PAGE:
"An independent counsel appointed under this chapter may be removed from office, other than by impeachment and conviction, only by the personal action of the Attorney General and only for good cause, physical disability, mental incapacity, or any other condition that substantially impairs the performance of such independent counsel's duties."
If an independent counsel is removed pursuant to this section, the Attorney General is required to submit a report to both the Special Division and the Judiciary Committees of the Senate and the House "specifying the facts found and the ultimate grounds for such removal." § 596(a)(2). Under the current version of the Act, an independent counsel can obtain judicial review of the Attorney General's action by filing a civil action in the United States District Court for the District of Columbia. Members of the Special Division "may not hear or determine any such civil action or any appeal of a decision 664 in any such civil action." The reviewing court is authorized to grant reinstatement or "other appropriate relief." § 596(a)(3).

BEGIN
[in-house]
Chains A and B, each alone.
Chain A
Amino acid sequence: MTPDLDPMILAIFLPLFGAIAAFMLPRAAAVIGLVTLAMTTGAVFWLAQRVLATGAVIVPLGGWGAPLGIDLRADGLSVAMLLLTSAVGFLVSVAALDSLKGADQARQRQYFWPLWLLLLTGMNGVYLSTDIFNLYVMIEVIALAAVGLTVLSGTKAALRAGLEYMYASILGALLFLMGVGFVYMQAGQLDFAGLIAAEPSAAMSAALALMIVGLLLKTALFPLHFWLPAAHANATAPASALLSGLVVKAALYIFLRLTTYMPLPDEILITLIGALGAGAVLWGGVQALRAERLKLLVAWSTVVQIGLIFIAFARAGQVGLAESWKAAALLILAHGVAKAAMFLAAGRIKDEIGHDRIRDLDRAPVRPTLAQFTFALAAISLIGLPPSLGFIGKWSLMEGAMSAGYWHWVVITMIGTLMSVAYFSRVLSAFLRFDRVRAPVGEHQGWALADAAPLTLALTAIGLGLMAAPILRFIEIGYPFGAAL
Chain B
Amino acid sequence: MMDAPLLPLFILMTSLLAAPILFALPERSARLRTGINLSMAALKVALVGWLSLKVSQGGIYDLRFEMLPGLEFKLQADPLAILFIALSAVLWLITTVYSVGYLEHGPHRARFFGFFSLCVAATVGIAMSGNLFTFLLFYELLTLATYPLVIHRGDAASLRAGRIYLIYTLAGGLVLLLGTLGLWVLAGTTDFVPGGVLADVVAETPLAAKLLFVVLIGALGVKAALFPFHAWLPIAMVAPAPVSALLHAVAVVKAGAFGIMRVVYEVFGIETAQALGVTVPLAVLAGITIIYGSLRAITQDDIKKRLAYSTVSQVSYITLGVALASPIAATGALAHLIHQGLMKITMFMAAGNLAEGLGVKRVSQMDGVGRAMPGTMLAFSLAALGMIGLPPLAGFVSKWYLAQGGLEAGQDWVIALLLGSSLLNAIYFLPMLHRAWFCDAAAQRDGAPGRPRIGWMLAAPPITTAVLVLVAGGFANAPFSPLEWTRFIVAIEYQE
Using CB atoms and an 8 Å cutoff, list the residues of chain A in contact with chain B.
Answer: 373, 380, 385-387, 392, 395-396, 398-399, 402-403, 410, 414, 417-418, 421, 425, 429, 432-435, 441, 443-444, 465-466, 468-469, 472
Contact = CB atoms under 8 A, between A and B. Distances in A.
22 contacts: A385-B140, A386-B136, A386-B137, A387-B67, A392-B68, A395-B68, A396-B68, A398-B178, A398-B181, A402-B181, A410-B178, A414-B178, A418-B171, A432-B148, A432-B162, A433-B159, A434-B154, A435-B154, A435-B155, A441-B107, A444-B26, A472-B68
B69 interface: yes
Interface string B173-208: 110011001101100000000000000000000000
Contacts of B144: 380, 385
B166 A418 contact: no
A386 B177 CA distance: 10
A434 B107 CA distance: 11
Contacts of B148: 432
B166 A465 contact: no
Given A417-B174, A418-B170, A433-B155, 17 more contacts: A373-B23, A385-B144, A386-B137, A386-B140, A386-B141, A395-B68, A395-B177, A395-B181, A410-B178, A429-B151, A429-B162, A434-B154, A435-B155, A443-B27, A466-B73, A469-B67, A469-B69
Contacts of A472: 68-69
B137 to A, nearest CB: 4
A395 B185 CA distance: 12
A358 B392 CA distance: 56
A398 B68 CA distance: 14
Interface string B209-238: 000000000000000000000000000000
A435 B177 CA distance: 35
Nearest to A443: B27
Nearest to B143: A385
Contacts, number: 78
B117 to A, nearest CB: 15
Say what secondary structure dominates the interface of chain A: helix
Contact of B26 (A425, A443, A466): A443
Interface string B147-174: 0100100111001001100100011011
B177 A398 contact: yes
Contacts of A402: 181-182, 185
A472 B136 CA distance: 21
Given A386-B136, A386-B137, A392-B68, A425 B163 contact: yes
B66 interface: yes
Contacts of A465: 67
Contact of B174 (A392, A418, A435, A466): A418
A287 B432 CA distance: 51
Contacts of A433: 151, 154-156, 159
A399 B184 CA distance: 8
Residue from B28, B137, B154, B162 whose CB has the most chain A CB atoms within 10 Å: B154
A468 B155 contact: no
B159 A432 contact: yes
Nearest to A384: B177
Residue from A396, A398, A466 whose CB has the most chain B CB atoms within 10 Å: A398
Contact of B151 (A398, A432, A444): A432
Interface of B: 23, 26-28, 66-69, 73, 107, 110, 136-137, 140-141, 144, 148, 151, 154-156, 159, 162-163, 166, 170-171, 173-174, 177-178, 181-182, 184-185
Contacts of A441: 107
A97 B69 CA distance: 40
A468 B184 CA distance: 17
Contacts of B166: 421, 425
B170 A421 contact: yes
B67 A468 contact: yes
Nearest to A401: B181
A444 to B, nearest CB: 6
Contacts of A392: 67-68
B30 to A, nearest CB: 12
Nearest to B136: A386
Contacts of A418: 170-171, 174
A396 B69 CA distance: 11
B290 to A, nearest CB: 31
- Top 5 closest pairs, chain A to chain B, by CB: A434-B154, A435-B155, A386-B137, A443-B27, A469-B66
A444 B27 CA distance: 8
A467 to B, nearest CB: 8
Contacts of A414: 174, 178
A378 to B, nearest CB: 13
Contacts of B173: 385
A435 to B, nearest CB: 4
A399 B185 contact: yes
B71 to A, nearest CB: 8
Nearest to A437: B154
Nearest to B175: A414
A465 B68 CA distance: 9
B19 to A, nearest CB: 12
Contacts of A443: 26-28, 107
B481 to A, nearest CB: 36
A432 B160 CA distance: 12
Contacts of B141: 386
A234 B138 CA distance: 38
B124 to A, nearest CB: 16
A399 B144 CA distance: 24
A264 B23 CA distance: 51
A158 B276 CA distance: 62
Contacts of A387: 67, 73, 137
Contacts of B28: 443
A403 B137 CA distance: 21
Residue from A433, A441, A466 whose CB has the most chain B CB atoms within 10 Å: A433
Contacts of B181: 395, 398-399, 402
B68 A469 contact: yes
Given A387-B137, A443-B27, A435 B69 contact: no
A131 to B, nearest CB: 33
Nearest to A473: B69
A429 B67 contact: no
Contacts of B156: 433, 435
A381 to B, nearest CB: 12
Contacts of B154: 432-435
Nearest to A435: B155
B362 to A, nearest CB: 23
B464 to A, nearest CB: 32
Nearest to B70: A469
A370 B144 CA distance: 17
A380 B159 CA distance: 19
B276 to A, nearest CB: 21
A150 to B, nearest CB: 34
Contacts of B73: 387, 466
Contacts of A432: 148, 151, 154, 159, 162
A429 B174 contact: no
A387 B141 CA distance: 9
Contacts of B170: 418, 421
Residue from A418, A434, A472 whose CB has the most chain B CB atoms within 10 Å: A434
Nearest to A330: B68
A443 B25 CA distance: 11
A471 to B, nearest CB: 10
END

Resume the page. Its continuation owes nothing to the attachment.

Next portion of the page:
The other provision governing the tenure of the independent counsel defines the procedures for "terminating" the counsel's office. Under § 596(b)(1), the office of an independent counsel terminates when he or she notifies the Attorney General that he or she has completed or substantially completed any investigations or prosecutions undertaken pursuant to the Act. In addition, the Special Division, acting either on its own or on the suggestion of the Attorney General, may terminate the office of an independent counsel at any time if it finds that "the investigation of all matters within the prosecutorial jurisdiction of such independent counsel . . . have been completed or so substantially completed that it would be appropriate for the Department of Justice to complete such investigations and prosecutions." § 596(b)(2).